Local child advocates are calling on government leaders to prioritize children in Nova Scotia's COVID-19 reopening plan after a recent report revealed the exacerbated struggles they've faced during the pandemic.
The report, called Top 10 Threats to Childhood in Canada, is by Children First Canada, an organization consisting of Canada's leading children's charities, hospitals, research institutes and corporations that invest in kids.
It highlights how kids and families across the country have been struggling with things like online learning, nutrition, access to education and social services, child care, discrimination as well as other health-related issues.
Advocates like Alec Stratford, the executive director of the Nova Scotia College of Social Workers, said now is the time to start making change.
"We are certainly at a pivotal moment, as the pandemic has highlighted those deep structural inequities that exist across the board," Stratford said. "What we would hope is that governments respond with a shifting in mentality."
Sarah Austin, founder and CEO of Children First Canada, said the organization found two primary problems affecting Nova Scotia that need to be immediately addressed — food insecurity and mental health.
Austin said they observed increased rates around food insecurity in the province, and that "local food banks had to really increase the supports provided to kids and families in the community."
She also said they have great concerns about children's mental health, with "increased rates of anxiety and depression across the province of Nova Scotia."
Statistics Canada indicates that suicide is the second-leading cause of death in Canada among children and adolescents aged 10 to 19.
Fifteen-year-old Rae Steeves, a youth ambassador for Children First Canada, said she's seen first-hand how the pandemic has been affecting youth in Halifax.
"A lot of people have been struggling and many kids I know are not safe at home without the extra support of school," said Steeves. "It hasn't been easy for anybody, but it's been very, very, very difficult for some people."
Steeves said one of the hardest parts has been knowing that her friends are suffering but being unable to physically see them or comfort them.
In the report, the organization shares suggestions, outlining the ways in which government leaders could start to rectify some existing issues affecting children.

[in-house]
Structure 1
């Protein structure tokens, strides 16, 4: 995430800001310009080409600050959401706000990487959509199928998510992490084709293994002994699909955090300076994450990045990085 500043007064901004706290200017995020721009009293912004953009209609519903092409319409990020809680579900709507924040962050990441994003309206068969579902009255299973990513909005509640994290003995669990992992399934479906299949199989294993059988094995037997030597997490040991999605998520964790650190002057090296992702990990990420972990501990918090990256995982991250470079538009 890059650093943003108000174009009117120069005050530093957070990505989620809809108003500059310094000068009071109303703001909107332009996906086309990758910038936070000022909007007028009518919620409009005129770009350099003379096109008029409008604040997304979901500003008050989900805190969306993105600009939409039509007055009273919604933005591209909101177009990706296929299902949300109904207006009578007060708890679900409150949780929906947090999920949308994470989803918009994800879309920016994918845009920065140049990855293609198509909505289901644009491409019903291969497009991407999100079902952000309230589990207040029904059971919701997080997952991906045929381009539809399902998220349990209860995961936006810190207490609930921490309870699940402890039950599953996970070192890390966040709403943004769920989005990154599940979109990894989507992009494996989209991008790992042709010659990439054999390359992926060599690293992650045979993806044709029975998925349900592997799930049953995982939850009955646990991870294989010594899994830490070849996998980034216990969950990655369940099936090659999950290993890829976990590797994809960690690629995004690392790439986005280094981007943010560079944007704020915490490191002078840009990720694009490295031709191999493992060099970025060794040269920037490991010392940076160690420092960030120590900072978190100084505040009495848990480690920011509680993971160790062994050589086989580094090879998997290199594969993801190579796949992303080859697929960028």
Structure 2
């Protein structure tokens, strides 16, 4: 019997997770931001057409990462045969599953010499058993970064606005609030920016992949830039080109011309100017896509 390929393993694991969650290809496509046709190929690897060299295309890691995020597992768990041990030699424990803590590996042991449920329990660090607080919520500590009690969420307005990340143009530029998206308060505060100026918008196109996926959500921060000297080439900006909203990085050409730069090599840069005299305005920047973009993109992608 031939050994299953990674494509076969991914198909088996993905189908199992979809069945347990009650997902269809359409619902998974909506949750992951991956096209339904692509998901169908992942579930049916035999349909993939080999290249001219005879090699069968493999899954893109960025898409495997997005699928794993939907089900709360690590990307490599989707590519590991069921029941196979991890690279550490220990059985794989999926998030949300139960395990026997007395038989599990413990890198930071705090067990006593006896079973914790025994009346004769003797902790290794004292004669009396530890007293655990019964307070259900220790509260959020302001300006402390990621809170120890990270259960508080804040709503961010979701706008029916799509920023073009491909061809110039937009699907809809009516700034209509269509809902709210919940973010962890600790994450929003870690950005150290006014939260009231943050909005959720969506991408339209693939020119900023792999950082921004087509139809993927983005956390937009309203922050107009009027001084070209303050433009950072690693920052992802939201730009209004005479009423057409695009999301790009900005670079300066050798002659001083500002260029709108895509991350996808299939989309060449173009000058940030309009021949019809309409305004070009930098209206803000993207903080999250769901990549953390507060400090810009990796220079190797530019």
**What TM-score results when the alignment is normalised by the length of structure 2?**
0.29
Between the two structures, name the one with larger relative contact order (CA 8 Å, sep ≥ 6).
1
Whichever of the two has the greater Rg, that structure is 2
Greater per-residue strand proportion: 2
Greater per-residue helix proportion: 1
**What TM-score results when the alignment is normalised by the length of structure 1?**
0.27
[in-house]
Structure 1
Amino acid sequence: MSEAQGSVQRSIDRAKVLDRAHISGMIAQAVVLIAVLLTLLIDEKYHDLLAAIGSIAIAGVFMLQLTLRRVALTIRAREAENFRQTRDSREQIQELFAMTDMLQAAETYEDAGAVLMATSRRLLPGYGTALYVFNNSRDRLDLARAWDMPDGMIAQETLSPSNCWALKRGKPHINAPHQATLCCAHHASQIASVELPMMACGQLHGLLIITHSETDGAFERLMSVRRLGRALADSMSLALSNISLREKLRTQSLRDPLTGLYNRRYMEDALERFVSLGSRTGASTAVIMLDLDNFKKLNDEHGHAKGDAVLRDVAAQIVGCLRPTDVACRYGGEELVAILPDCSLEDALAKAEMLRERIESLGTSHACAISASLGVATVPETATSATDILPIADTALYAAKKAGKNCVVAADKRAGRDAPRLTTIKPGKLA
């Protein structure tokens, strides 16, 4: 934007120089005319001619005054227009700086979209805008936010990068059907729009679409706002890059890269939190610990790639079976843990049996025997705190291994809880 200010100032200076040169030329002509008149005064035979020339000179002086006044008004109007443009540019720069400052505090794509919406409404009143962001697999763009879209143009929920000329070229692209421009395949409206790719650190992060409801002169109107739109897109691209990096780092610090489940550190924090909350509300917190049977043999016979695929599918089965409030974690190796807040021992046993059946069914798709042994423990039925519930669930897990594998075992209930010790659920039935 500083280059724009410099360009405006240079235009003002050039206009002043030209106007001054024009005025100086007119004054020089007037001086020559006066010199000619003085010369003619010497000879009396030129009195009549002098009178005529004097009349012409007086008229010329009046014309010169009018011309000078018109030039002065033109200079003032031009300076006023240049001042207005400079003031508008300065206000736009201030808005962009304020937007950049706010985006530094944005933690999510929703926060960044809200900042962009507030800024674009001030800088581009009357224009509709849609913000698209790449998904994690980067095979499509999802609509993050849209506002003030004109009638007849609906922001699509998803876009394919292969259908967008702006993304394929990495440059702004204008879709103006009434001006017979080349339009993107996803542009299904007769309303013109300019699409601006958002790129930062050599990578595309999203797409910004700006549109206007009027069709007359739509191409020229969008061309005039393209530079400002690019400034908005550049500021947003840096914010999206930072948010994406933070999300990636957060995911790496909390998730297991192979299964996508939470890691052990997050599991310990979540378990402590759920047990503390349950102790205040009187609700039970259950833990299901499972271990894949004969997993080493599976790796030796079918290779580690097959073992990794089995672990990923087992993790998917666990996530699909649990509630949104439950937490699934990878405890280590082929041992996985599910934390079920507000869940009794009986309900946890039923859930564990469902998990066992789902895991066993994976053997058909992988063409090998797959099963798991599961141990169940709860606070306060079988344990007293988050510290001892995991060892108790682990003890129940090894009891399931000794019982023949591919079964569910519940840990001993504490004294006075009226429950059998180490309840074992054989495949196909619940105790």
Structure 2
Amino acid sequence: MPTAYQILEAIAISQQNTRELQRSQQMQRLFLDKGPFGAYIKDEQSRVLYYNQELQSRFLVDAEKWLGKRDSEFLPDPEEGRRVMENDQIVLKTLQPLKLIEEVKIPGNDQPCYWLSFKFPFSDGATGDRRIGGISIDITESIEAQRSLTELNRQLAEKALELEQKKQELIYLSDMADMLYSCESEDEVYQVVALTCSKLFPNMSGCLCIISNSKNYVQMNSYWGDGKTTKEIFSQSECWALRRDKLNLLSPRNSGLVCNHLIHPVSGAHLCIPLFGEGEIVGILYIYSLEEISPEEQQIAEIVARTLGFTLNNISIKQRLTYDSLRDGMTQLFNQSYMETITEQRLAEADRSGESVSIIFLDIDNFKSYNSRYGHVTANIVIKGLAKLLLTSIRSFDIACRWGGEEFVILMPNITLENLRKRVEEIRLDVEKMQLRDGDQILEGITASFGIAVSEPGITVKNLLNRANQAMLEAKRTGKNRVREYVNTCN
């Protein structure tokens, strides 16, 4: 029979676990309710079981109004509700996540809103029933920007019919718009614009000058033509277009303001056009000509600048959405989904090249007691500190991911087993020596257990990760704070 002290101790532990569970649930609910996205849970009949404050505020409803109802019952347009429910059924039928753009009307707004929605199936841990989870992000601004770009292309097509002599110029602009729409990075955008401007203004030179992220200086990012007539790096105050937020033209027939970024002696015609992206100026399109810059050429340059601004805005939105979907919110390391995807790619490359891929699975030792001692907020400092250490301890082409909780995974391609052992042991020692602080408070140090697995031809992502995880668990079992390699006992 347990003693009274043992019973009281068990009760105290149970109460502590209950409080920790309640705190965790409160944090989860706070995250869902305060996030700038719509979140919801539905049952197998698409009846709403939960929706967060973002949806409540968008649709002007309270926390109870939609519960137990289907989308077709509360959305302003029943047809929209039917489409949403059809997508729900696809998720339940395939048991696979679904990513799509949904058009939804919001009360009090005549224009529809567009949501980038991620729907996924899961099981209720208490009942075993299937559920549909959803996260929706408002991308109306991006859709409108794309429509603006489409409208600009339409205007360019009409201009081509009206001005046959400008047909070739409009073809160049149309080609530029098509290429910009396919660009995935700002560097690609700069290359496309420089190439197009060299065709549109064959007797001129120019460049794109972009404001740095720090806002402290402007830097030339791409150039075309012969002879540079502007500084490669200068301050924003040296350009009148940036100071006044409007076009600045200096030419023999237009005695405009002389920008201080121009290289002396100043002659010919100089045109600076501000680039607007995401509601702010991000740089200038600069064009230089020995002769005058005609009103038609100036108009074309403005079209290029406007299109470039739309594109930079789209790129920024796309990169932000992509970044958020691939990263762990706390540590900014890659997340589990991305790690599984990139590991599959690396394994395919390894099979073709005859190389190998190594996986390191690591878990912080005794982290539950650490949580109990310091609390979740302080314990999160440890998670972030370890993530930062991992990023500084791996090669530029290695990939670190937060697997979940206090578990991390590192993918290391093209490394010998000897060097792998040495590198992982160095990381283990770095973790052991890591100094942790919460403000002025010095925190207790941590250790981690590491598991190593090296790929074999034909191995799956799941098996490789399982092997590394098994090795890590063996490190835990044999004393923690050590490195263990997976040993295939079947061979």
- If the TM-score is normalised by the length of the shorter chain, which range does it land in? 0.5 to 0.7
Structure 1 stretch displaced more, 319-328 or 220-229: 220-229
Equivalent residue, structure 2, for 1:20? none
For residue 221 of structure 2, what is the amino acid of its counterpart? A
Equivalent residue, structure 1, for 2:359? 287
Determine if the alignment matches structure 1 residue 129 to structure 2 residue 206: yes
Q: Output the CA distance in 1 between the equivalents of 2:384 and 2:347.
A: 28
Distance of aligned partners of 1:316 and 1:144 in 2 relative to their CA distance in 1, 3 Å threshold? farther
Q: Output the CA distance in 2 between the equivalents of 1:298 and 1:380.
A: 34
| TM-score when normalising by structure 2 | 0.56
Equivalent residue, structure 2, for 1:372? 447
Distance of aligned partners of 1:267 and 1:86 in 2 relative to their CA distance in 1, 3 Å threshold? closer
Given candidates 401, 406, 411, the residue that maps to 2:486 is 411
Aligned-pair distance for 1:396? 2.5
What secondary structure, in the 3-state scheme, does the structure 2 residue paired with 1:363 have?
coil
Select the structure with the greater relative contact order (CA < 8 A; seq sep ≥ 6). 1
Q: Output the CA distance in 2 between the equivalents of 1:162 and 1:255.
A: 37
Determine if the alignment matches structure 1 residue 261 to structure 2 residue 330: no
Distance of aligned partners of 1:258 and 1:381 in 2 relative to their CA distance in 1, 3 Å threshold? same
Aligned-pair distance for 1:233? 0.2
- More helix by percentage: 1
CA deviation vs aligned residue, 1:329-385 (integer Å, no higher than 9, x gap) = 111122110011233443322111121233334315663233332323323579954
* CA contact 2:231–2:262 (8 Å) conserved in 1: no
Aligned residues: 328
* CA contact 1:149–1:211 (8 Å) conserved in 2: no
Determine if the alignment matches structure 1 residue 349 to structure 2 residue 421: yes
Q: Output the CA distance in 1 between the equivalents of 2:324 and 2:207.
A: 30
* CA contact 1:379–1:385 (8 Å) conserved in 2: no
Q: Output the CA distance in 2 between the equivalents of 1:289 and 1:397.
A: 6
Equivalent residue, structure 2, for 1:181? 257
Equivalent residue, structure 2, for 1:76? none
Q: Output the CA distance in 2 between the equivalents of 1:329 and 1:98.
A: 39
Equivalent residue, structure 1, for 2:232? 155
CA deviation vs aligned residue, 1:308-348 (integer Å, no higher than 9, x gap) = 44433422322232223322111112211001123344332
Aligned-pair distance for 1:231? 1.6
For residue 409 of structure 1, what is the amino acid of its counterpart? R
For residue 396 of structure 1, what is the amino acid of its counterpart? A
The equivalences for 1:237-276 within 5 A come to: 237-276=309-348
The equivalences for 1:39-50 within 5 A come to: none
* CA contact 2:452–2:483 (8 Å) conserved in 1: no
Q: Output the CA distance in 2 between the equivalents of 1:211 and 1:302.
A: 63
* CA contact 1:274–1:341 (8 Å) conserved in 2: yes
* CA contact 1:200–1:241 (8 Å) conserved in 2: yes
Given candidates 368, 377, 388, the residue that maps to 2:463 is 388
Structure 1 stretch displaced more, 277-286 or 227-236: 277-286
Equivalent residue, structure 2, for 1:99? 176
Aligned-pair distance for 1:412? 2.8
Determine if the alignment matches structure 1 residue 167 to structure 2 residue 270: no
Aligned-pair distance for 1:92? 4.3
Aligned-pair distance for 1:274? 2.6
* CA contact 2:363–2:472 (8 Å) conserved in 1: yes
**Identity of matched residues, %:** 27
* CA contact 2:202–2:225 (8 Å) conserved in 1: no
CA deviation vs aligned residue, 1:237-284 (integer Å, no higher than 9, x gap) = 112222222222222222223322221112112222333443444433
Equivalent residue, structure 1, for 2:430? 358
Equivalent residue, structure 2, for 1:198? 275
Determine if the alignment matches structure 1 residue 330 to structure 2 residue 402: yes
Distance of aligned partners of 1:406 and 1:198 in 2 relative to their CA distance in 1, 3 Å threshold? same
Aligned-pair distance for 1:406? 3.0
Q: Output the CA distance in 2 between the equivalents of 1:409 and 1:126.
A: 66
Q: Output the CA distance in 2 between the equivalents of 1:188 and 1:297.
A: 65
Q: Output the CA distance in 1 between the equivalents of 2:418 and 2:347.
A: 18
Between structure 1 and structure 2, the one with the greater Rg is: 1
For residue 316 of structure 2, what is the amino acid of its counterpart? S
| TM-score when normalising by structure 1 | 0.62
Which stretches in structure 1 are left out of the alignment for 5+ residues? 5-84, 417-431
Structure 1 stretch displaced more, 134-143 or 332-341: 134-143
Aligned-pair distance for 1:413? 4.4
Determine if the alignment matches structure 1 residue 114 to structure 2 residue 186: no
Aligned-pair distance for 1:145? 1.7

One suggestion is to create a national $2 billion investment fund which could be drawn from by children-related programs and organizations. Another is implementing more equitable funding and services for Indigenous children.
One of the most prominent suggestions includes appointing an independent national commissioner for children and youth, someone who would work with governments to ensure they prioritize children when making policy decisions — a position Stratford said is needed both nationally and provincially.
"The absence of that office [means] that voice is not there," said Stratford. "So the issues that children face, don't find themselves in the debate."
Other than Ontario, Nova Scotia is the only province without such a role.
On Thursday, Community Services Minister Karla MacFarlane, who was sworn in this week, said Nova Scotia needs a child and youth advocate and that it is "something that I will be bringing forward and discussing."
Austin said she hopes the data compiled in the report will encourage new government leaders to start making both immediate and long-term commitments toward improving the lives of children.
She said party campaigns in the federal election have focused on child care, "but when it comes to children's mental and physical health, there's very, very little to be said about what's needed to improve the lives of our children or what they're prepared to do."
Stratford said when it comes to policymaking like the reopening plan, children should always be a priority, but it's important to remember that the problems children are facing are not isolated issues.
"Things like moving to universal child care, having mental health supports in schools, income and food security — we need way more robust policies on these."
Austin agrees that improving the well-being of children in the province won't be a quick fix.
"This is going to take investments over many years to really address the urgent threats, but also the long-term solutions required to help your kids survive and thrive and to be able to sustain that," said Austin.
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